Giving Life

  

DonateLife Victoria Donation Specialist Nursing Coordinators, Nicole Gauthier and Sarah Hawthorne ensure the final logistics are in place before all treatments are removed and the patient and potential donor dies.   An estimated 100-120 people are involved in any one donation case. Intensive Care staff tenderly care for a patient in the final stages of her life. Great care is taken to ensure patients and their families wishes are respected.   Amongst immense sadness, organ and tissue donation provides hope for those on the transplant waiting list.Donation after circulatory death (DCD) must be conducted under tight timeframes. Here, surgeons and theatre staff wait for confirmation about the donor.A very human and intimate moment captured in the final moments of life in the ICU.   Only one per cent of people who die in a hospital are suitable medically for organ donation. Tissue donation has a wider criteria.  For donation after circulatory death (DCD), timing for donation is crucial because oxygenated blood is no longer flowing to the organs.   Here, staff are preparing to take the patient down for surgery soon after death.Captured through the curtains - A Intensive Care Nurse monitors the progress of the patient whilst providing comfort in the final minutes of the patient's life.Members of the Victoria Police Transport Unit quickly usher an organ, packed in ice, to a waiting police car. With sirens on, they will escort the organ to the airport where it will be flown interstate for transplant.  Once outside the body, organs have a limited lifespan, a matter of hours before they are no longer suitable for transplantation.Work carried out at the Victorian Transplantation 26 Immunological Service, helping to match recipient and donor tissue samples. Each circular tab represents one micro droplet from an organ waiting list patient. These tabs are used to cross match the donor organ with a suitable recipient. Scientists from the Victorian Transplantation and Immunogenetics Service look for positive reactions were antibodies attack the cells. A negative result is needed to indicate a suitable match.   The VTIS transplant laboratory stores frozen blood samples from all patients waiting for a transplant. These samples are ready to be tested when the donor blood arrives to check if there is a match.After receiving the call there could be a suitable donor liver, potential recipient Nick waits anxiously for news that the transplant is going ahead.  Significant blood and tissue testing is conducted before transplant to ensure the donor organ is the best match for the recipient and is healthy. Nick and his mum Carole wait for news from the medical team that the liver transplant will go ahead.   Sometimes waiting list patients will be called in, but because of medical constraints the donor organ may not be suitable for transplant.  Anaesthetist Louise Ellard monitors the patients vitals as theatre staff prepare for the liver transplant surgery.A sample of some of the surgical instruments used as part of the transplant surgery.Professor Bob Jones (right) is a study of concentration as he leads liver transparent surgery at The Austin Hospital, Melbourne. The donor liver is carefully wheeled into the theatre rooms before surgeons will remove it from the esky and prepare it for transplant.Over a period of 10 plus hours surgeons and the theatre team work almost continuously with very fine detail and concentration to ensure the surgery is a success.  Midway through a liver transplant, surgeons and theatre staff keep a close watch on the progress of the surgery.Surgeons work on the major veins of the donor liver, preparing it for the recipient so it is ready as soon as the recipient's original liver is removed.This image shows the removal of the recipient's original liver. Surgeons have detached all the arteries and veins from the adjacent organs.  As of May 2016 there were 141 Australians on the waiting list for a liver. There were 1034 Australians waiting for a kidney.   Here surgeons are inspecting the donor organ before transplanting it into the recipient.Inserting a new donor liver during a transplant at The Austin Hospital.A wider image of the activity throughout the liver transplant surgery.   Theatre staff are surrounding the table on the left which has the sterilised instruments, with the table on the right the already used equipment.Surgeons use many different finely placed stitchers to transplant the donor liver into the recipient. Lead surgeon, Professor Bob Jones, works on the donor liver during surgery at The Austin Hospital's Liver Transplant Unit.Roughly three-quarters of the way through the transplant procedure, Professor Bob Jones overlooks his surgical team as they continue the process of attaching the veins and arteries of the liver to the patient. The finer details of the surgery can be seen in the television behind. The process of stitching the recipient begins after many hours of surgery. The lead surgeon is Professor Bob Jones, the head of the hospital's Liver Transplant Unit.The finishing touches are applied to another succesful liver transplant. Over 1100 liver transplants have been performed at Melbourne's Austin Hospital.Louise Ellard and Anaesthetics team prepare to move Nick back to intensive care (ICU) post liver surgery.4.30am. After working a full day and then through the night, Anaesthetist Louise Ellard accompanies the liver transplant patient back to the Intensive Care Unit to handover to ICU staff and begin the long recovery from surgery.    A surgeon briefs Nicks parents, Carol and Phil, about the successful out come of their sons liver transplant.36 hours post surgery, 34 year old Nick is well enough to sit up in bed in ICU and eat his first meal.Fiona received a new liver 7 years ago. She is having her regular checkup at the Liver Clinic at The Austin Hospital.Elaine and her daughter Nacelle get a pre transplant briefing from Professor Bob Jones in the Liver Clinic at The Austin Hospital.Preparing for a partial Corneal Eye Transplant at the Royal Victorian Eye and Ear Hospital. After the recipient is wheeled into surgery, doctors and surgical staff cross check the paperwork before starting the procedure.A donor cornea is kept in a preserving solution before being transplanted.Only a thin layer of the cornea is needed for the transplant, with the cut cornea shown in this photograph. The less tissue that is used the better chance the recipient will have for the graft to take.  Eyes are one of the most complex organs in the body.   Dr Bruno Trindade's sharp eyes, powers of concentration and steady hands ensure the delicate surgery is performed smoothly.When Dr Trindade has removed the recipient's own corneal layer he is ready to transfer the donor layer to the surgical site.   He positions it, keeps it under appropriate conditions and then secures it to position.When surgery is complete, the theatre team allow the cornea to settle and keep it moist.   Eye surgery is performed in sterile conditions in highly technical environments.About two hours after surgery, when the recipient's anaesthetic has started to wear off, Dr Bruno Trindade examines the eye to check it is recovering as planned.   Recipients are monitored periodically over a 12 month period to make sure the tissue has been accepted by the recipient's own body and not rejected.Giving Life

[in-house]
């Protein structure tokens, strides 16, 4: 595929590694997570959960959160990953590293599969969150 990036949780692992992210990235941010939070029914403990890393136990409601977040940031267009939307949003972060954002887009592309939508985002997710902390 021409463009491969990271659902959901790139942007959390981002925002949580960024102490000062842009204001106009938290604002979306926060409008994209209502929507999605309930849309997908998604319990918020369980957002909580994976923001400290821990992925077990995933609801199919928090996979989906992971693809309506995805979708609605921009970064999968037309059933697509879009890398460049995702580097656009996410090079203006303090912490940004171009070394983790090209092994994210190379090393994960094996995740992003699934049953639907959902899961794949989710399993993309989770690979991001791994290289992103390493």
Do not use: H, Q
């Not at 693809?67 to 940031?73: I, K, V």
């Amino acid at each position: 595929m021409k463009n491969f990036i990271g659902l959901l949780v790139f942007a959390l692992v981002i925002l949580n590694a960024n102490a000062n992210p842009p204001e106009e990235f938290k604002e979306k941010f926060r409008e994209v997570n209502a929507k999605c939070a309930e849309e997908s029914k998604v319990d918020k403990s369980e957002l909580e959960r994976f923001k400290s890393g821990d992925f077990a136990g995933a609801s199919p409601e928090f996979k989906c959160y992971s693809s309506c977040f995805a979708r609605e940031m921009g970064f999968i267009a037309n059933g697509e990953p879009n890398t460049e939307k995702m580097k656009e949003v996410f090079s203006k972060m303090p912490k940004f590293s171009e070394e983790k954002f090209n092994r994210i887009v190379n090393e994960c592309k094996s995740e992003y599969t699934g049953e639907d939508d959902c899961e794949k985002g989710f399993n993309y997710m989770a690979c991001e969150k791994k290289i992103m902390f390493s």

You can register to donate at www.donatelife.gov.au and most importantly, when you do it, make sure that you let your nearest and dearest know of your intentions. Don’t put it off, do it NOW!!!!